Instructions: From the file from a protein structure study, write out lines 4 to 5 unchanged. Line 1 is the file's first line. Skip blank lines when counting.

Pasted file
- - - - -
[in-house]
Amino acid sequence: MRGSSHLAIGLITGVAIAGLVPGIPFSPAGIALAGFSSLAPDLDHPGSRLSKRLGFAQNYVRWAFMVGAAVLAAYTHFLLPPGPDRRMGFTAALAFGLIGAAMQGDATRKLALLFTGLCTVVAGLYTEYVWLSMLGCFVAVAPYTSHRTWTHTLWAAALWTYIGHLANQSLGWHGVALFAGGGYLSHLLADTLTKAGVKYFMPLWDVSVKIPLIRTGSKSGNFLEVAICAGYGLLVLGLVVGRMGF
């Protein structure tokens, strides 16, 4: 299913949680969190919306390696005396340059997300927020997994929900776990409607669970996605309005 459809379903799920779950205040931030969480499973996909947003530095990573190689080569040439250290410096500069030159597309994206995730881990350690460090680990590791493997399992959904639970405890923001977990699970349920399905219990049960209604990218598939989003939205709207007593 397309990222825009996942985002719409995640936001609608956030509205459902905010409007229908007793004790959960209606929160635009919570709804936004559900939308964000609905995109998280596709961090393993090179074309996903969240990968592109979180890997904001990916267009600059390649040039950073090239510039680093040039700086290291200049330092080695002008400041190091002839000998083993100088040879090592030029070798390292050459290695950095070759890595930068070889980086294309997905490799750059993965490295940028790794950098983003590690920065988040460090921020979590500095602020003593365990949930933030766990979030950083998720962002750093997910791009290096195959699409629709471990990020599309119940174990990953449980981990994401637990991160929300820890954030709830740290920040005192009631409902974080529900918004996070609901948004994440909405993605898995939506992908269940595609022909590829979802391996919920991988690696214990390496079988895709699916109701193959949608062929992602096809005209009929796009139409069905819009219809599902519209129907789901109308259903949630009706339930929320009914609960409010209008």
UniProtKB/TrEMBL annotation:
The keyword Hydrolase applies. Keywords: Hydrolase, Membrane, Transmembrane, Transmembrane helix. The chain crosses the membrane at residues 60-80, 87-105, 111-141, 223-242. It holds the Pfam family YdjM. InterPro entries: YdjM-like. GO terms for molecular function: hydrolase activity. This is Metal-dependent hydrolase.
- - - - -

UniProtKB/TrEMBL annotation:
The keyword Hydrolase applies. Keywords: Hydrolase, Membrane, Transmembrane, Transmembrane helix. The chain crosses the membrane at residues 60-80, 87-105, 111-141, 223-242. It holds the Pfam family YdjM. InterPro entries: YdjM-like. GO terms for molecular function: hydrolase activity. This is Metal-dependent hydrolase.